1997 Domaine Colin-Deleger Puligny-Montrachet 1er Cru "La Truffière"

SKU #1327728 90 points Robert Parker's Wine Advocate

 Revealing aromas of freshly sauteed wild mushrooms and lemons, the layered Puligny-Montrachet La Truffiere is a dense, medium-to-full-bodied wine. I tremendously enjoyed its well-focused, fat, and flavorful character (filled with powerful earth, marzipan, and floral tones), yet was less enthralled by its pasty mouth-feel. If time changes that characteristic, my score will appear to have been conservative. Nonetheless, this is an outstanding wine. It is powerful, medium-to-full-bodied, and possesses an admirably long finish. (PR)  (2/1999)

90 points Stephen Tanzer's International Wine Cellar

 Enticing, complex aromas of lemon drop, white flowers, mint and nuts. Sweet, dense and ripe, with lovely inner-mouth florals and harmonious acidity. Still a bit tight in the middle, and in need of a couple years of patience. Concentrated and long. (ST)  (9/1999)

Allen Meadows - Burghound

 Deep gold. Pretty, slightly exotic and obviously ripe and mature aromas introduce rich, slightly sweet and beautifully textured flavors that deliver fine length and a satisfyingly mouth coating finish.  (9/2004)

Wine Spectator

 Earthy yet clean, this full-bodied, rich and ripe Chardonnay offers earth, citrus, honey and mineral character within balanced boundaries. You wish for more vibrant fruit. (PM)  (9/1999)

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- It's hard to believe that up until about 30 years ago, this extremely popular varietal hid behind the veil of geographical names like Chablis and Puligny-Montrachet. Now grown all over the world and bottled by its varietal name, Chardonnay has achieved a level of branding unlike any other wine. Surprisingly, though, what you get when you buy Chardonnay can differ greatly from country to country and even within one country, depending on the climate where it's grown and how it is vinified and aged. From fresh, crisp and minerally with apple and lemon notes to rich and buttery with tropical fruit overtones, Chardonnay runs the gamut. In France's Burgundy, Chardonnay is the source of the prized wines of Chablis, Corton-Charlemagne, Mâcon, Meursault and Montrachet. It also the foundation of exceptional Champagne, where it is blended with Pinot Noir and Pinot Meunier or vinified on its own into Blanc de Blancs. It is also extremely popular in California, and is gaining popularity in Australia, New Zealand, Italy, Spain and South Africa.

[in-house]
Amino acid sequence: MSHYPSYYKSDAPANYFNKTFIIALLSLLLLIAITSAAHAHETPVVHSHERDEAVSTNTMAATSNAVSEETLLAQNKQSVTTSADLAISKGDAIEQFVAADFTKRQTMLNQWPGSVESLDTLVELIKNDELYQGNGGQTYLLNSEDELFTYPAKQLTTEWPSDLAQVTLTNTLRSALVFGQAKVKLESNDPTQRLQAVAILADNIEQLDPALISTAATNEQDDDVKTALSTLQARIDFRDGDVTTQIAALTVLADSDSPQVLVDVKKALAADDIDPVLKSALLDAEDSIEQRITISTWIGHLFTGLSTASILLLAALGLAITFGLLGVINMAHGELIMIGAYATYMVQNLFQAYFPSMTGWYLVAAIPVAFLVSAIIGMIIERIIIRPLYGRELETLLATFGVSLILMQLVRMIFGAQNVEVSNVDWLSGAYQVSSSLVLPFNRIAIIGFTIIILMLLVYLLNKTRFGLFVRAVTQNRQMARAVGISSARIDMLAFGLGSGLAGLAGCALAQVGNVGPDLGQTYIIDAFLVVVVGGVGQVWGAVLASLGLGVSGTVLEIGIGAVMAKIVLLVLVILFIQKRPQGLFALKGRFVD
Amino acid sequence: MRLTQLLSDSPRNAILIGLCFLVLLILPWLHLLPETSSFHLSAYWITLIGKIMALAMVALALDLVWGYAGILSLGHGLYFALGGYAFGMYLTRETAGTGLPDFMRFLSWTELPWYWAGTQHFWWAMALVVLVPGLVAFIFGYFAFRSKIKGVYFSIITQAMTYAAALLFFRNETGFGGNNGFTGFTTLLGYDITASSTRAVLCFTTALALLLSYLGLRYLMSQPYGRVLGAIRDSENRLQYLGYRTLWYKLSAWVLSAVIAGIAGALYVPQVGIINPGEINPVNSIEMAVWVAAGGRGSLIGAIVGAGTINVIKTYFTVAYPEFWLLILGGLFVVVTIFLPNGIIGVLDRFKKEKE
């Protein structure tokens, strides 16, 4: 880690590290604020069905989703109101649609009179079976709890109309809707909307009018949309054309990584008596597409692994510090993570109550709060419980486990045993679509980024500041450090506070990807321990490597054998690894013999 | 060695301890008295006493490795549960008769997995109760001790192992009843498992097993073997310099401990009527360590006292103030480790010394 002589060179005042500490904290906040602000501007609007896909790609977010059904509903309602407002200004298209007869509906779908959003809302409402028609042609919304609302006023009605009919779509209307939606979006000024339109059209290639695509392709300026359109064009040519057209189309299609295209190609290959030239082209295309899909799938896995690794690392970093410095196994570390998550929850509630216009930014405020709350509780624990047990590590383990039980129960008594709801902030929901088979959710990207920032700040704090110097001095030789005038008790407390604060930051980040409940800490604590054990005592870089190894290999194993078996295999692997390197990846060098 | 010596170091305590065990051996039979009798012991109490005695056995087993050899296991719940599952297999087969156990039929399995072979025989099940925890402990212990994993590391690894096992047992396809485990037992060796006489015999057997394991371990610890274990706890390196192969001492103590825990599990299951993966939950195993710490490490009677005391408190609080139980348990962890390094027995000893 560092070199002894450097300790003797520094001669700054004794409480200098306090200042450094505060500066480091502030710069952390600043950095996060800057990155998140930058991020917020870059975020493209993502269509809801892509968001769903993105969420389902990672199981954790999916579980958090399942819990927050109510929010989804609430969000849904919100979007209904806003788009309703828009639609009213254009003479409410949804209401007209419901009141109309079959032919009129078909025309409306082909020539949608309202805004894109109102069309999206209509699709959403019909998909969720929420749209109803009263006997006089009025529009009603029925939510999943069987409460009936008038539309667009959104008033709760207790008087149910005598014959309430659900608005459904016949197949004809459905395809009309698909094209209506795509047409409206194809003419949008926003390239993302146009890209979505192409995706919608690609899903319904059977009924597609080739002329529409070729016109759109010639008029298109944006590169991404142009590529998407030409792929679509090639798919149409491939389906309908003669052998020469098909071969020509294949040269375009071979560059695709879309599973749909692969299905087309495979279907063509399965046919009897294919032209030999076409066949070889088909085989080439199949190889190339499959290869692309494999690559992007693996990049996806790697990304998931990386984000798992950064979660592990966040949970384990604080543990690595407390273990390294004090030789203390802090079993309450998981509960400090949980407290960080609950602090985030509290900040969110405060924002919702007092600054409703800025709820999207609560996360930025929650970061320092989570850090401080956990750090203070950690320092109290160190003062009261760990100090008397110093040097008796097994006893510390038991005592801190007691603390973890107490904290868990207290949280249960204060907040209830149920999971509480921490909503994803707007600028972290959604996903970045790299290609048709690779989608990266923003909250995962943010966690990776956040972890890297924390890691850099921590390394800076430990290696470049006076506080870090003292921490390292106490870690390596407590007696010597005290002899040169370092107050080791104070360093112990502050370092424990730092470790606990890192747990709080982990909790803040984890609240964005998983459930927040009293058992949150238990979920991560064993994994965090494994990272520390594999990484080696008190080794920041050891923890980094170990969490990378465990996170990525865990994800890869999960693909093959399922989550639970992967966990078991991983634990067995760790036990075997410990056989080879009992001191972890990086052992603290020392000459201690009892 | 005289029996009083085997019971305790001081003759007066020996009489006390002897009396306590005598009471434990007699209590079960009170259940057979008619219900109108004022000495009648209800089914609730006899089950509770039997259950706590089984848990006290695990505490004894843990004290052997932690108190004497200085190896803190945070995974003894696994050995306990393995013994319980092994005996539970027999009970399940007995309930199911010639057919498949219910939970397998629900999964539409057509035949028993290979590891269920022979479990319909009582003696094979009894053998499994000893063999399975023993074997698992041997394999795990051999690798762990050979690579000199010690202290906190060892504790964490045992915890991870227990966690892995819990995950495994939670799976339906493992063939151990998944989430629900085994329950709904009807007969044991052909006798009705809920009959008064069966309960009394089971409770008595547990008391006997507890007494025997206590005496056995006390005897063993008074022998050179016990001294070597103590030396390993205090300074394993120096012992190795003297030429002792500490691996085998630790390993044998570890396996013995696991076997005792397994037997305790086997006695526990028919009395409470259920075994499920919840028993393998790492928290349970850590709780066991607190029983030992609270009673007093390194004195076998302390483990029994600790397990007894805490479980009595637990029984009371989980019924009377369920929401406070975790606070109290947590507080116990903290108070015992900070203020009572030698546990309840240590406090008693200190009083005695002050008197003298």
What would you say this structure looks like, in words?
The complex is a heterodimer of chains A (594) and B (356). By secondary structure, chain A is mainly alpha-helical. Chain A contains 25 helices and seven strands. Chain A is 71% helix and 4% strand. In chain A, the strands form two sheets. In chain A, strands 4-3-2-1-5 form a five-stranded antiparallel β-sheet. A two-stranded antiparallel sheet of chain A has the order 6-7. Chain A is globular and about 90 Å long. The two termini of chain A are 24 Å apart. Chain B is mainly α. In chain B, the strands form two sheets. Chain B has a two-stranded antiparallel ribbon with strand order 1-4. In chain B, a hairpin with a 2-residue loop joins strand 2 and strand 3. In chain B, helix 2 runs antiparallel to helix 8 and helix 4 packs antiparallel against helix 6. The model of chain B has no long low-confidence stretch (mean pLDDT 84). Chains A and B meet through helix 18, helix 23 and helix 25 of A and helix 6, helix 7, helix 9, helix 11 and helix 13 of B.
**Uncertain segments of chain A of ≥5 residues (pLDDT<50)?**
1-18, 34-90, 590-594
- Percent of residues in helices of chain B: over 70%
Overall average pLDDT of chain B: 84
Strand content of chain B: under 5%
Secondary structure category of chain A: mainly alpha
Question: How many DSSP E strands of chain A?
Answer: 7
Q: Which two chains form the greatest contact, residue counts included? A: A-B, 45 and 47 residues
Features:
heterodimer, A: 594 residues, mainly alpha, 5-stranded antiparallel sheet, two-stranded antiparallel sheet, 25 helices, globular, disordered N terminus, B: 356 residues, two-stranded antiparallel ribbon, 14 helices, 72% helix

- When it comes to wine, France stands alone. No other country can beat it in terms of quality and diversity. And while many of its Region, Bordeaux, Burgundy and Champagne most obviously, produce wine as rare, as sought-after and nearly as expensive as gold, there are just as many obscurities and values to be had from little known appellations throughout the country. To learn everything there is to know about French wine would take a lifetime. To understand and appreciate French wine, one only has to begin tasting them.


- The province of eastern France, famous for its red wines produced from Pinot Noir and its whites produced from Chardonnay. (Small of amounts of Gamay and Aligoté are still grown, although these have to be labeled differently.) The most famous part of the region is known as the Côte d'Or (the Golden Slope). It is divided into the Côte de Beaune, south of the town of Beaune (famous principally for its whites), and the Côte de Nuits, North of Beaune (home of the most famous reds). In addition, the Côte Chalonnaise and the Mâconnais are important wine growing regions, although historically a clear level (or more) below the Côte d'Or. Also include by some are the regions of Chablis and Auxerrois, farther north.
Specific Appellation:

Puligny Montrachet

- Puligny is a village which has been called 'attractive, self-confident and unpretentious.' Some of the world's greatest dry white wines come from here. The Grands Crus of Montrachet, Chevalier Montrachet, Bâtard Montrachet, and Bienvenues Bâtard Montrachet are on the southern edge, adjacent to the village of Chassagne. In Puligny, you can see the distinctly different soils which yield the different wines. The borders of the Grands Crus are anything but arbitrary, and the character of the wines form Puligny are distinct from Meursault to the north and Chassagne to the South. The vineyards closest to Meursault have thin soils, with slate and rock. Their wines are more delicate and minerally but no less lovely than the more powerful wines from the vineyards towards the Grands Crus.